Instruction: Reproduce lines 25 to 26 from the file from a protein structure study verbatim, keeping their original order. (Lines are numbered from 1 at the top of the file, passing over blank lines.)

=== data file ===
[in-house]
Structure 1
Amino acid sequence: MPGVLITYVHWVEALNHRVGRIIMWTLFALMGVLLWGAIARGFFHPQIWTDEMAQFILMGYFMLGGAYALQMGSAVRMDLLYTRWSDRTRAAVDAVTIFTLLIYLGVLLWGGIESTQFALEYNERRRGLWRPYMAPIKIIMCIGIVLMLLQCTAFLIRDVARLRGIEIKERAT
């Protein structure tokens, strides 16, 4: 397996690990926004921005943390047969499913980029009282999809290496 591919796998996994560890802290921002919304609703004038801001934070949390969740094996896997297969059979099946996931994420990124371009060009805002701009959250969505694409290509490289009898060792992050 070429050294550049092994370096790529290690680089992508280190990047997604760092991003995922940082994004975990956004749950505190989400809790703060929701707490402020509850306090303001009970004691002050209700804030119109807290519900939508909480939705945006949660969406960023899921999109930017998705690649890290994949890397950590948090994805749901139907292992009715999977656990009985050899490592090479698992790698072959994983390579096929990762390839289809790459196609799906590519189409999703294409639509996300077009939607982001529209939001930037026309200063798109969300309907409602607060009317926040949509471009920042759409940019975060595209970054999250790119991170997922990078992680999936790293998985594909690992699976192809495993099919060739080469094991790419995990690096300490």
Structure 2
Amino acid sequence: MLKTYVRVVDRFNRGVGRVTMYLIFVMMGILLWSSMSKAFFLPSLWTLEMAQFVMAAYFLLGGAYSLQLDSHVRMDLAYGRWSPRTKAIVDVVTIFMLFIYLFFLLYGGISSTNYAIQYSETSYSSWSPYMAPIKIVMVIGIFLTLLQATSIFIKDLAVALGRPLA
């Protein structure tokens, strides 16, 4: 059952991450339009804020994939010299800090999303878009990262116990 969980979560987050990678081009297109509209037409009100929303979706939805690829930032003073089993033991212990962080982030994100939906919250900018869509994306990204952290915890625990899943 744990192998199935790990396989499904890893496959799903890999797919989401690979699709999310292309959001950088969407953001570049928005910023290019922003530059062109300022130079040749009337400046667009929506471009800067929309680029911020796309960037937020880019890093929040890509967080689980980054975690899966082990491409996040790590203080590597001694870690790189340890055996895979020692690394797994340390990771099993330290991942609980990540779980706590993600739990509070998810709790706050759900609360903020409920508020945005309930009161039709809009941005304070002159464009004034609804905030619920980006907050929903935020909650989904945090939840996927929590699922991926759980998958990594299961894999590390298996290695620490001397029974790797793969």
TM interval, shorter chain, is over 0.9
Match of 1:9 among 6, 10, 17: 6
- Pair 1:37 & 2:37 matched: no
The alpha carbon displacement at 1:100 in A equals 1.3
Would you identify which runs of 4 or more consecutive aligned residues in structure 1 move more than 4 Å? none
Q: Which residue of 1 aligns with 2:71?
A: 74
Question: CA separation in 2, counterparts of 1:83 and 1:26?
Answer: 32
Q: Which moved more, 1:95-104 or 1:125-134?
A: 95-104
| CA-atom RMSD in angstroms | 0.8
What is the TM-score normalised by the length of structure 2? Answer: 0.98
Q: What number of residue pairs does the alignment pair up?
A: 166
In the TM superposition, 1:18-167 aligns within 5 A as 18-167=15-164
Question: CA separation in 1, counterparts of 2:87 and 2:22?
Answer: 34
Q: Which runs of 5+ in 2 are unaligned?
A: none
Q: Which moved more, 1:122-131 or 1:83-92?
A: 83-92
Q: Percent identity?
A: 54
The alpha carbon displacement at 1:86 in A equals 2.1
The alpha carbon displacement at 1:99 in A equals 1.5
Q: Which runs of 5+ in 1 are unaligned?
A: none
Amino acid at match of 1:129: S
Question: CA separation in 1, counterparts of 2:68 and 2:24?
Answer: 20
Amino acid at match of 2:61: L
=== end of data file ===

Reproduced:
Answer: 34
Q: Which runs of 5+ in 2 are unaligned?